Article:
No more roast worms! Or worm-icicles, for that matter.
January 11, 2008 10:45 AM   Subscribe

My amazing awesome husband got me a composter! Yeah! Now what do I do with it?

I've only vermicomposted before, so the regular composting is new to me. I've looked at this and this, but have some questions specific to my zone/current weather. FYI, I live in central Jersey, which is zone 6b, avg. min. temp. range is 0 to -5 F.

1. Can I start composting in the winter? I have some leaves/vines/branches/newspapers/cardboard/kitchen scraps as the occur. Is this enough to get it started? What else should I throw in there?

2. If winter's not a good time to start regular composting, how about vermicomposting? Anyone have success vermicomposting using a regular composting bin?

3. Also, along that vein, any one have success keeping the worms warm enough outdoors during the winter in zone 6b or colder? Last time I vermicomposted, I was in Illinois, which was zone 5, and I had to bring my worms indoor in the winter. This really really freaks my husband out, and I prefer to keep the worms outside the house, since he was such a sweetheart to get me the composter in the first place.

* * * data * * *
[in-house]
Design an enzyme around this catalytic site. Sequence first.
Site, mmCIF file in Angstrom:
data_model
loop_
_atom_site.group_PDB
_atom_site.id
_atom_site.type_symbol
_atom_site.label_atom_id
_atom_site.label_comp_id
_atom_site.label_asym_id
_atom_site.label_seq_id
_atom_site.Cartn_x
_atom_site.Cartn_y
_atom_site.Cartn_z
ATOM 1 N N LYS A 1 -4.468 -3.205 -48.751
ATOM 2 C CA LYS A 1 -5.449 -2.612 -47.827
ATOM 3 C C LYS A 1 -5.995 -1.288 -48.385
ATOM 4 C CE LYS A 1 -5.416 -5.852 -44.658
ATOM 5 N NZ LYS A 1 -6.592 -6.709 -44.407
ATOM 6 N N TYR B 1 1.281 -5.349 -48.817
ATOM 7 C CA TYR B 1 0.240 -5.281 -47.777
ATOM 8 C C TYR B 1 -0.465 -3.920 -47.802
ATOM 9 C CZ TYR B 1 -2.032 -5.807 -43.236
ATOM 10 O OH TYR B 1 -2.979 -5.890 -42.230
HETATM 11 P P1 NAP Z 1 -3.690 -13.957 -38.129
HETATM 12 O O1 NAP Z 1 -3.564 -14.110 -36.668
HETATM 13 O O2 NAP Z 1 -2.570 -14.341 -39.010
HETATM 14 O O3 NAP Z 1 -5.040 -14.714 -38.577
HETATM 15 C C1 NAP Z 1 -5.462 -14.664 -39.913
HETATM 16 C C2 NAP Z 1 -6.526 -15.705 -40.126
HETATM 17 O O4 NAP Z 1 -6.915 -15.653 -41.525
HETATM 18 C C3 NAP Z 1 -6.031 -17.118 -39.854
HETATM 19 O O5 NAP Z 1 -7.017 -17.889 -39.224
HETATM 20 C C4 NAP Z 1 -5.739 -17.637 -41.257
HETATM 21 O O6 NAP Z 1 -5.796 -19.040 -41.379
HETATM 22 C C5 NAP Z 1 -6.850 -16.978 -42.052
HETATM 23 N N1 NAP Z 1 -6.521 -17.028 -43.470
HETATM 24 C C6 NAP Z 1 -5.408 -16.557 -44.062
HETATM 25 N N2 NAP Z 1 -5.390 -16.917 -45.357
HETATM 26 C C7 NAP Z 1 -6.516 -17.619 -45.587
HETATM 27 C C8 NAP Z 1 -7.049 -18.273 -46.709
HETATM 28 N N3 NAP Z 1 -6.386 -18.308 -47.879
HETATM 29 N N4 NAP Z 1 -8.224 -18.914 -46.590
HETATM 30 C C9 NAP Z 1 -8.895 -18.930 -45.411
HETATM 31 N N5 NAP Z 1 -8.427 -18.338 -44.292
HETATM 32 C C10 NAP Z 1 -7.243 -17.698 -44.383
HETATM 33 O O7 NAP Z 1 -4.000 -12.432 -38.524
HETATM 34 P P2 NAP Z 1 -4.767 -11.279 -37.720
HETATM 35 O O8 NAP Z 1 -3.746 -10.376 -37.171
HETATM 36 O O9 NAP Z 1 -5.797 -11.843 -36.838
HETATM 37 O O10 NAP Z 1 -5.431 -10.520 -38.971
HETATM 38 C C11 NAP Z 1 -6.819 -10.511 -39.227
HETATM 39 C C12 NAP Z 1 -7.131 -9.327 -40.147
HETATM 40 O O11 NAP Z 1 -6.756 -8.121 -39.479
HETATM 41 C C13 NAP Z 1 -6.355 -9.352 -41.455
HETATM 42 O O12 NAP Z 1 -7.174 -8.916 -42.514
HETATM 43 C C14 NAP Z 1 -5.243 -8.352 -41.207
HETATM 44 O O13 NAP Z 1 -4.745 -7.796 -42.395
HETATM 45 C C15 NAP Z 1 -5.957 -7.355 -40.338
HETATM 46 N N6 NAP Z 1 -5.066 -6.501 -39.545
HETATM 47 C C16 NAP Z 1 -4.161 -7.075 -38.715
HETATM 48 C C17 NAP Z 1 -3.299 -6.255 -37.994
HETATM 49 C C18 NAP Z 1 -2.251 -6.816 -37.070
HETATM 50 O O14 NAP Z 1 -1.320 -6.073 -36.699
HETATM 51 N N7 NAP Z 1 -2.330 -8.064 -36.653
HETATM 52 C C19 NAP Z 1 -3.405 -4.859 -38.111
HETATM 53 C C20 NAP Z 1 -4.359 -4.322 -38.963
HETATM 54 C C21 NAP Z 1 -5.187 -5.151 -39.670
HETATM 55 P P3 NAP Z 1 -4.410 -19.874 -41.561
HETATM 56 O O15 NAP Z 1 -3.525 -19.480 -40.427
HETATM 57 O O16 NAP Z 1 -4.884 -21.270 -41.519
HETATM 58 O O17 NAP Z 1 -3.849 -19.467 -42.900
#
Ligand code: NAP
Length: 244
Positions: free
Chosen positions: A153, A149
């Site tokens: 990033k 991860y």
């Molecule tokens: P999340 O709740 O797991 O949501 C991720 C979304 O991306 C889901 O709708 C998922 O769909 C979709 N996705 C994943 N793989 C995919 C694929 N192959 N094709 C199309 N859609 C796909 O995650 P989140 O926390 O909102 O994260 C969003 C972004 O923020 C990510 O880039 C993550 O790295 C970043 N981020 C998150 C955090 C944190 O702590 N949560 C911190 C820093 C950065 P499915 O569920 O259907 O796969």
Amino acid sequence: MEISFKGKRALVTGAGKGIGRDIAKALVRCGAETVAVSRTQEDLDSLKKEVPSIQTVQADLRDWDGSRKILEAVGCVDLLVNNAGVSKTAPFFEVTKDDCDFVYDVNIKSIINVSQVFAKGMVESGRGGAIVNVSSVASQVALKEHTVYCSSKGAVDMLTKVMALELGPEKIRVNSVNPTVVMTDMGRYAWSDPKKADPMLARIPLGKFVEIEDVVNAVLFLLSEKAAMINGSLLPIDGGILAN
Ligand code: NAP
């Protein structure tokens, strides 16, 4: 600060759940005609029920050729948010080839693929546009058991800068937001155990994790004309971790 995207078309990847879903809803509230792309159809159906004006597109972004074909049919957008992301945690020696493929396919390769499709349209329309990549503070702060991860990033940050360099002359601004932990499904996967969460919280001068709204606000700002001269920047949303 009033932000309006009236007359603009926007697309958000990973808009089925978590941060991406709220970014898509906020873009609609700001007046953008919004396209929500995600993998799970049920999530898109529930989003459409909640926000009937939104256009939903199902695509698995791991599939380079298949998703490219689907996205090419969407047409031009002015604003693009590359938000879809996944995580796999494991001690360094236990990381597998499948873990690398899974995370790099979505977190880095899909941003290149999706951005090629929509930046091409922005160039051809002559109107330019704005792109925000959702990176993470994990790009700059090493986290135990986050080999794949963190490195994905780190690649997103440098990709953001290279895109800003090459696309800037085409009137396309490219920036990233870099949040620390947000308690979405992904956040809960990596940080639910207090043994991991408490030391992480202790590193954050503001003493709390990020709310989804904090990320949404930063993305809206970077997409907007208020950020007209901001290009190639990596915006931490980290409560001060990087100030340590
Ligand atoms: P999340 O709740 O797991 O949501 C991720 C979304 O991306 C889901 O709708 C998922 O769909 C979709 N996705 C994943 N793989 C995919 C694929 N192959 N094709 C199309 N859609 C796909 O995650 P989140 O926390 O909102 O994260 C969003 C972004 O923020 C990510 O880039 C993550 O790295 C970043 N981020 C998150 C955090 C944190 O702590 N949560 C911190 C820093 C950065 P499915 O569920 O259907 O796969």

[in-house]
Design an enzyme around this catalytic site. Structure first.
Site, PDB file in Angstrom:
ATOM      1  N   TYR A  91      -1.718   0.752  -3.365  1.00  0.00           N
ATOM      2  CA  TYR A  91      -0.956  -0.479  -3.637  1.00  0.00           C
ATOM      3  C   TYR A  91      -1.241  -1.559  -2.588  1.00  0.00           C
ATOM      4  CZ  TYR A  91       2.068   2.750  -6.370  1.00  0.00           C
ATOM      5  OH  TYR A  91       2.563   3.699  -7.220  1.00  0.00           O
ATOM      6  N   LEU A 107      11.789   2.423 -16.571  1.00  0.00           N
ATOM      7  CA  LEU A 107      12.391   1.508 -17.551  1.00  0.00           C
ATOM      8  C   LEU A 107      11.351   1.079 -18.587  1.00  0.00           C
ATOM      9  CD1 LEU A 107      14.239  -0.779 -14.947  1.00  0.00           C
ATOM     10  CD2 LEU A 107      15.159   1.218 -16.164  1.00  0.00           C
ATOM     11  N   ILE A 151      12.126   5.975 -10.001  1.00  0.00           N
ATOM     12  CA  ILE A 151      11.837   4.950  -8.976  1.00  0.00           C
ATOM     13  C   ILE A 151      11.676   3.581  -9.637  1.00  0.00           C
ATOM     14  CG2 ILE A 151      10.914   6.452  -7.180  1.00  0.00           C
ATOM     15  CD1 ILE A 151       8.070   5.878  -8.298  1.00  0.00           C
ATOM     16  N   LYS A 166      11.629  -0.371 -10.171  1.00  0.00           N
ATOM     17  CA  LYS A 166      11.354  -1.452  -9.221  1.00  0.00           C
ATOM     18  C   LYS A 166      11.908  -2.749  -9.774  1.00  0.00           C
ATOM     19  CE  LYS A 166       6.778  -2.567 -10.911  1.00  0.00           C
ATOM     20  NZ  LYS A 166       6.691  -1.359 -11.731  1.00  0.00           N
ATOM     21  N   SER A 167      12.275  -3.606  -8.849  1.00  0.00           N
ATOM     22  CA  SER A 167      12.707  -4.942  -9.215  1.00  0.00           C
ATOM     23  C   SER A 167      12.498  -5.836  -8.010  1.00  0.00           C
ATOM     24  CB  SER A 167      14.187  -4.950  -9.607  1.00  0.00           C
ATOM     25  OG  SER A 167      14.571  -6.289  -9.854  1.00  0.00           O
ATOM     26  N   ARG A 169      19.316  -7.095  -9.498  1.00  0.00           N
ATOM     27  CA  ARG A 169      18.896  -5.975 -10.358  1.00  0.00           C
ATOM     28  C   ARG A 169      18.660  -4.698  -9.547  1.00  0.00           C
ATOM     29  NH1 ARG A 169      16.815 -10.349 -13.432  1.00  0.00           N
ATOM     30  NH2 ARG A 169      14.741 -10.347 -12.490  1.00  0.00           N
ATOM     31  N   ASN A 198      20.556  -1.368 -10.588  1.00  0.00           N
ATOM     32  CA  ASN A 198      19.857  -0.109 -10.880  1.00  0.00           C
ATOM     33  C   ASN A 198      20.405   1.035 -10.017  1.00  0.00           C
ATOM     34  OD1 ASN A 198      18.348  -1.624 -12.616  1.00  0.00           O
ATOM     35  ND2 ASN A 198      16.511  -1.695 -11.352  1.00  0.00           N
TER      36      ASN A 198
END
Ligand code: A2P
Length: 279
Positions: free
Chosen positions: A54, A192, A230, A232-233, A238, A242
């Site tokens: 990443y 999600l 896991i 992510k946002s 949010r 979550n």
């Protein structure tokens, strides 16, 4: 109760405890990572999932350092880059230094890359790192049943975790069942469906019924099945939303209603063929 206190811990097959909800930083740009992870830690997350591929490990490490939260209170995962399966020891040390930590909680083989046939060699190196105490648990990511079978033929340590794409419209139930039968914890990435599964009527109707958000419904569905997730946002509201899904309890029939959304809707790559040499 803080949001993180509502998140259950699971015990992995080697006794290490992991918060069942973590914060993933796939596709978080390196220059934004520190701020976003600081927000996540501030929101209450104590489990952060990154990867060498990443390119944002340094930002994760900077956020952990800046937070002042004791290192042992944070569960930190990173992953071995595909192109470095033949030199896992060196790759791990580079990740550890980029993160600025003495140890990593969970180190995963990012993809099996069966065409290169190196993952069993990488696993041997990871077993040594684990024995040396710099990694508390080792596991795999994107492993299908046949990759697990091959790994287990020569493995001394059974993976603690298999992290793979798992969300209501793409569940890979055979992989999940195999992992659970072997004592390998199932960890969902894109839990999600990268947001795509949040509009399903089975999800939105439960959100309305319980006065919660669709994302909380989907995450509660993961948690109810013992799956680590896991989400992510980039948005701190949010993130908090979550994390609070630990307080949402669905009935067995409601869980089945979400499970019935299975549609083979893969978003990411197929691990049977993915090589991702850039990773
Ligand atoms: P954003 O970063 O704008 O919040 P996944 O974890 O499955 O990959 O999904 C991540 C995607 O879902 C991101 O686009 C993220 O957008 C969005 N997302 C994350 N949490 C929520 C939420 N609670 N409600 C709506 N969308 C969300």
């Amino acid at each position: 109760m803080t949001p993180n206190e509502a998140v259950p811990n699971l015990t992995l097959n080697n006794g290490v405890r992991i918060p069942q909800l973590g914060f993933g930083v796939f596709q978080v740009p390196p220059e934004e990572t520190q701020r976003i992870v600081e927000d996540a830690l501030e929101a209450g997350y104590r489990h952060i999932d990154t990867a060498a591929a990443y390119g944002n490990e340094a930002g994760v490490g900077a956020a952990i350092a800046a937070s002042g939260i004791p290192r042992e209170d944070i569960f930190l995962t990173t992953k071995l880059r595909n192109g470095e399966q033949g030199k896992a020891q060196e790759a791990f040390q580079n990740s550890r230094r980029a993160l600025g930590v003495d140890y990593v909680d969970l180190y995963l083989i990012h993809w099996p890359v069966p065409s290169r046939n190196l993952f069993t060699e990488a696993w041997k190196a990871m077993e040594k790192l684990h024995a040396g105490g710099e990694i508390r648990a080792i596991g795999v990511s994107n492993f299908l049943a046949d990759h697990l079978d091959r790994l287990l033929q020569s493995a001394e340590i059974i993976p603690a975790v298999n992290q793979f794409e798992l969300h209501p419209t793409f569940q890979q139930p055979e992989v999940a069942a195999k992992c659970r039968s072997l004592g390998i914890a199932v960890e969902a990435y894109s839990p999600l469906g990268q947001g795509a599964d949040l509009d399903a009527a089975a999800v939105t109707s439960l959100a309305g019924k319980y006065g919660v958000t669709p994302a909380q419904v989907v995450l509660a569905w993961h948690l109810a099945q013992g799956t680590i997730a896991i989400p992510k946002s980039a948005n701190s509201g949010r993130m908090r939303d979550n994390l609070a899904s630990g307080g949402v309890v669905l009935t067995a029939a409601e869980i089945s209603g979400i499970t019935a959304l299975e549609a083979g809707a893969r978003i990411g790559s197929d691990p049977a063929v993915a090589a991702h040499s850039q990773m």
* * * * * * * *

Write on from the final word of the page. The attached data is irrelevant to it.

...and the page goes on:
4. If I go the vermicompost over winter route, how do I combine that with the "regular" composting I hope to start once the weather warms up? Will my poor worms die from being getting too hot? The type of composter I have has separate "bins". Can I reserve one the bins for the worms and the rest for regular compost?

5. Last question! If you've vermicomposted as well as regular composted, which would you say did a better job of creating compost? By better, I mean getting rid of kitchen scraps in the quickest amount of time, and quality of compost created.

posted by jujube to Home & Garden (8 answers total) 7 users marked this as a favorite
Best answer: Sure, you can put things in your composter in the winter. If they are frozen, they aren't going to compost, but it isn't going to hurt. Your composter may fill up pretty quickly, but you can always start another pile.